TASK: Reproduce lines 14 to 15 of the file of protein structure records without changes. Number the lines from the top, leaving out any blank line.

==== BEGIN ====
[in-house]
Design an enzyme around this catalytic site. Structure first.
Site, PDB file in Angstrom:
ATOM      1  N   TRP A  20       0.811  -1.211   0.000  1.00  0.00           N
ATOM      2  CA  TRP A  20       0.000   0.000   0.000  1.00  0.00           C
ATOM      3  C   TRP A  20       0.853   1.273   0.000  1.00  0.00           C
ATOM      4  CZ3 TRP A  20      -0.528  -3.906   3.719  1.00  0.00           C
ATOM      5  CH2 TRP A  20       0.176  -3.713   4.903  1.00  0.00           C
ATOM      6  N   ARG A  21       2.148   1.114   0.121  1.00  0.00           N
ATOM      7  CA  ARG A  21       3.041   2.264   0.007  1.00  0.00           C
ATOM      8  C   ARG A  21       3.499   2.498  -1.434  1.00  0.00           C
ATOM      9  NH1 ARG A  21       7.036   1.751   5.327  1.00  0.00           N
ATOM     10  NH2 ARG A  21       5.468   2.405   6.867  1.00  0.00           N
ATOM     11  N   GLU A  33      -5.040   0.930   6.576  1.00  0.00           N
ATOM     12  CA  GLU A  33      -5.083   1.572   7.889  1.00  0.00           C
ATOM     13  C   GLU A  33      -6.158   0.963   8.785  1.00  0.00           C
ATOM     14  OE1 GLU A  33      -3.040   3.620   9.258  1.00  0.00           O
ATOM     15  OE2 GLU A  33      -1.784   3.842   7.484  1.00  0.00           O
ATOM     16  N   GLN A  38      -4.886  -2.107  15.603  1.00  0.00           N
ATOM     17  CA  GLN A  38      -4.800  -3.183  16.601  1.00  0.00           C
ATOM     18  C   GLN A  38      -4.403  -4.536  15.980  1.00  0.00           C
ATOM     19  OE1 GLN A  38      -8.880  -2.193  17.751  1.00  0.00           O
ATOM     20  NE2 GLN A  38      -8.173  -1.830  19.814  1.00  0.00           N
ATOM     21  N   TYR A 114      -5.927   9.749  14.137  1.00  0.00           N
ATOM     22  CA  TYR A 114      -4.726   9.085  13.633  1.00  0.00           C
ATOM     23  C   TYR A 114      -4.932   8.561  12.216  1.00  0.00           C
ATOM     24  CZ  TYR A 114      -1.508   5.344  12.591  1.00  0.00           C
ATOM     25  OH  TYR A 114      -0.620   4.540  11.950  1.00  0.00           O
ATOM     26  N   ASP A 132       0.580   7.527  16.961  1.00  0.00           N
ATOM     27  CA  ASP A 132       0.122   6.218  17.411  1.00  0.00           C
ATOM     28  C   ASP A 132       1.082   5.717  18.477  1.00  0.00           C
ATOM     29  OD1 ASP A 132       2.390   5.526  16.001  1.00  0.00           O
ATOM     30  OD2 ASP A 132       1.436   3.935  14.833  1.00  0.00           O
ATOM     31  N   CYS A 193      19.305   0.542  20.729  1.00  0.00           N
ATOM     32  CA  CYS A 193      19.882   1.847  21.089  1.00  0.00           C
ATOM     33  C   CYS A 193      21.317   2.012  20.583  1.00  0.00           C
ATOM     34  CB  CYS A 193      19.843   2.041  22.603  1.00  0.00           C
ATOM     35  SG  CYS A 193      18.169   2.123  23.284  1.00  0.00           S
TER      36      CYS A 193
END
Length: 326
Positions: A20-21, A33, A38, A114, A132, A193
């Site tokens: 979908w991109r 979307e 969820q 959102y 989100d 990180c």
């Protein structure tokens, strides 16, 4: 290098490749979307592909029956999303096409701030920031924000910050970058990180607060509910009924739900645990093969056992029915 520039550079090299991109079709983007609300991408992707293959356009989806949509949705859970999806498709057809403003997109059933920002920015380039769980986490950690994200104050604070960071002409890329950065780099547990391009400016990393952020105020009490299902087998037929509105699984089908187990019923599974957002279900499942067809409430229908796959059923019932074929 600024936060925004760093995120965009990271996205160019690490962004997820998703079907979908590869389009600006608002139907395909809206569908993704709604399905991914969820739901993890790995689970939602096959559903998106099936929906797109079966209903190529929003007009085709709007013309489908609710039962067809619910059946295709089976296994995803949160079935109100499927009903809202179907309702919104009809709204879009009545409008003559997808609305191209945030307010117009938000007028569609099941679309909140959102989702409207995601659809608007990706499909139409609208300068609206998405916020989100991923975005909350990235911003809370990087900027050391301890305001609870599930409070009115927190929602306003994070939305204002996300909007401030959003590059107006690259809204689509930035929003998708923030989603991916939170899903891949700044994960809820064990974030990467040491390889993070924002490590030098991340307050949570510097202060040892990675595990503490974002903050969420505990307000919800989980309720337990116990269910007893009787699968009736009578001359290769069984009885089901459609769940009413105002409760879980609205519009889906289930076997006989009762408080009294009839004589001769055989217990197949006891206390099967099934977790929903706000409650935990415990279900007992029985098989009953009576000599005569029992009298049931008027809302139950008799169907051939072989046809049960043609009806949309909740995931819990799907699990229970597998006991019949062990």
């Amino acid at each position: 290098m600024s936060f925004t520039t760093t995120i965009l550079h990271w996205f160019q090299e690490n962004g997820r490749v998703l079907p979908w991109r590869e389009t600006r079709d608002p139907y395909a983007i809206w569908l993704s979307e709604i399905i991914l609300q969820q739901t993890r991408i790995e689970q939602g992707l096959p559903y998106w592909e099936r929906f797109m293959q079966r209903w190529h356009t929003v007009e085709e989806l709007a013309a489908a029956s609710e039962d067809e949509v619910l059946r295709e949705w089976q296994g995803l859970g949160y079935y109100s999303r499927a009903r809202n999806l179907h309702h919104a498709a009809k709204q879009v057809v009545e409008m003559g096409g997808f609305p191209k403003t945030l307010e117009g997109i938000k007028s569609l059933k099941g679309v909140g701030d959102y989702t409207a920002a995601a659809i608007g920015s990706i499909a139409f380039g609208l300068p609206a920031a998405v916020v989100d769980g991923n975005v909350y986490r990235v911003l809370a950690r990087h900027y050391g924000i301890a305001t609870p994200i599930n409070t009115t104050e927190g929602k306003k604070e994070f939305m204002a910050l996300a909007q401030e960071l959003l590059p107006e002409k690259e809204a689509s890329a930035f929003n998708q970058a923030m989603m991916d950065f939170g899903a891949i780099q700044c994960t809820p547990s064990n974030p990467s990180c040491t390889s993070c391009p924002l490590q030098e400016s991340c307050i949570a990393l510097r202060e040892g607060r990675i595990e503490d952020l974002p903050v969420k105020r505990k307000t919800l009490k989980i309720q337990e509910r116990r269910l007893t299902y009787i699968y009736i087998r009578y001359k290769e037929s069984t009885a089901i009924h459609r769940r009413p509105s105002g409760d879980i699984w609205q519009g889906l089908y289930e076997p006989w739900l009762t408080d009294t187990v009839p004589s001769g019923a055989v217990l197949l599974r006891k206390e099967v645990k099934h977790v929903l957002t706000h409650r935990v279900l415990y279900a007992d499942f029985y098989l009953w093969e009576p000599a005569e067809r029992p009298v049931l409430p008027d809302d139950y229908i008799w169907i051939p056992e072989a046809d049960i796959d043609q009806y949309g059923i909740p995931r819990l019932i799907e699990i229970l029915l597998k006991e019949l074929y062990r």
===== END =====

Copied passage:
ATOM     11  N   GLU A  33      -5.040   0.930   6.576  1.00  0.00           N
ATOM     12  CA  GLU A  33      -5.083   1.572   7.889  1.00  0.00           C